early 15c., frigidite, "coldness," from Old French frigidité (15c.), from Late Latin frigiditatem (nominative frigiditas) "the cold," from Latin frigidus "cold" (see frigid). In reference to sexual impotence, 1580s, originally of men; by 1903 of women.
"to frighten," Middle English, from Old English fyrhtan "to terrify, fill with fear," from the source of fright (n.). Old English had also forhtian "be afraid, become full of fear, tremble," but the primary sense of the verb in Middle English was "to make afraid."
1580s, from French frégate (1520s), from Italian fregata (Neapolitan fregate), which with many names for types of sea vessels is of unknown origin. It is common to the Mediterranean languages (Spanish, Portuguese, Catalan fragata). Originally a small, swift vessel; the word was applied to progressively larger types over the years.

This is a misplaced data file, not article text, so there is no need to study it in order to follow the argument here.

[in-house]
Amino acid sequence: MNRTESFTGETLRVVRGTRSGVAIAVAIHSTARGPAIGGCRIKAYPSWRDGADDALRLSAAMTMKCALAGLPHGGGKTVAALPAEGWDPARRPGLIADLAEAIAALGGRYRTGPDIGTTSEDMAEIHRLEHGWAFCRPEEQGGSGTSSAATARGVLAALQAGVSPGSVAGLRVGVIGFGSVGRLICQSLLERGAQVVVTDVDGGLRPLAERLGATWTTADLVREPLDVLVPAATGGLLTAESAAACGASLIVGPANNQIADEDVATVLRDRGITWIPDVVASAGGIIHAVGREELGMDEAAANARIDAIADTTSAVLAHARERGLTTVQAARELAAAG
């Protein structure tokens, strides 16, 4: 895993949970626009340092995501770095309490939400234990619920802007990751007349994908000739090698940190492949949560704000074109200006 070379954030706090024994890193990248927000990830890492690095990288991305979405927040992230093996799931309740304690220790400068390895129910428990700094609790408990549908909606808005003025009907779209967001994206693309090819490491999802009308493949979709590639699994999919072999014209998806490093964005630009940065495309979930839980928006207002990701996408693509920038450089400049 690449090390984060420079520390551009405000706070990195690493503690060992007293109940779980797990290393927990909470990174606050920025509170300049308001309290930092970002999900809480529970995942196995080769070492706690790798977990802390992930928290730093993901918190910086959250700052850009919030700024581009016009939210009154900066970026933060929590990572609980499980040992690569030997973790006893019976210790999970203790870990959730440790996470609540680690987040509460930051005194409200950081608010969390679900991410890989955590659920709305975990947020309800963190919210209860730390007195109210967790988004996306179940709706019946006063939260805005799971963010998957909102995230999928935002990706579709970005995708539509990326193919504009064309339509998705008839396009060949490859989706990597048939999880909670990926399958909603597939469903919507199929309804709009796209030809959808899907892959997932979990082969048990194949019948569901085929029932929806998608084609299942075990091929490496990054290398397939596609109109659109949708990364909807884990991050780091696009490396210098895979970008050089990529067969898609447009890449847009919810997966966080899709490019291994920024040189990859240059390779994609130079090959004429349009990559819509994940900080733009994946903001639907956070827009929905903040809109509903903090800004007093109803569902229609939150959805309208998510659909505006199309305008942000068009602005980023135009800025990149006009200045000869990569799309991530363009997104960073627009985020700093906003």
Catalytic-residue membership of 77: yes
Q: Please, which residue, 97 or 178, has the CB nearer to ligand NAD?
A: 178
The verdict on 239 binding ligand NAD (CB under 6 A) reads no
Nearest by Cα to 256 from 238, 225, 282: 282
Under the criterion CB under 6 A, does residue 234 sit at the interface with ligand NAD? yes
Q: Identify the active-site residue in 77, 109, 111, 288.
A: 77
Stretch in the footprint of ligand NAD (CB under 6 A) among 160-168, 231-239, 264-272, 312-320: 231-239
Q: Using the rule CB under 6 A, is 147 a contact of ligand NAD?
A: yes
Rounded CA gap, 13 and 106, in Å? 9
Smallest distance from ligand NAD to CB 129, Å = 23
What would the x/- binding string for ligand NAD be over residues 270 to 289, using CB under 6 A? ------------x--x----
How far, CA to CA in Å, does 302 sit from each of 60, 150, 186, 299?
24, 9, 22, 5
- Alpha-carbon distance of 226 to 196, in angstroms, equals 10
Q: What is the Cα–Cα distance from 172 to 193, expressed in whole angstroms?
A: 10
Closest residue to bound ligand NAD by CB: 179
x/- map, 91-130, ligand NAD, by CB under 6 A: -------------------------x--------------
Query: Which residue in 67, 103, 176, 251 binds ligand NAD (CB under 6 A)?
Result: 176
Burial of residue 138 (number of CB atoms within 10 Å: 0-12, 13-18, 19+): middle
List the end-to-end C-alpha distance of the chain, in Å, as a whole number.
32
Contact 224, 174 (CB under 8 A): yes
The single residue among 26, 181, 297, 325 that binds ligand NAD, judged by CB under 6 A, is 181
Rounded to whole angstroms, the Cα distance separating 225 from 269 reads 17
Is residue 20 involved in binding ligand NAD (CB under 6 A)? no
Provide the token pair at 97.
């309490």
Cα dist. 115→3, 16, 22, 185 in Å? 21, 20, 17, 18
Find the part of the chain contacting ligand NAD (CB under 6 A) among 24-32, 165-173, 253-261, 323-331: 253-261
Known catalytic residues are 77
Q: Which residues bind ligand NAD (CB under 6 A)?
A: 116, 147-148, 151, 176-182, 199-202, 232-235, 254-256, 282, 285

[A] light nimble vessel built for speed; employed in particular for the gleaning of intelligence and the protection and assault of trade-routes. In battle the frigates took station on the disengaged side of the fleet, where they repeated signals, sped on messages, and succoured the distressed. [Sir Geoffrey Callender, "Sea Passages," 1943]
In the old sailing navy usually they carried guns on a raised quarter-deck and forecastle, hence frigate-built (1650s) of a vessel having the quarter-deck and forecastle raised above the main-deck.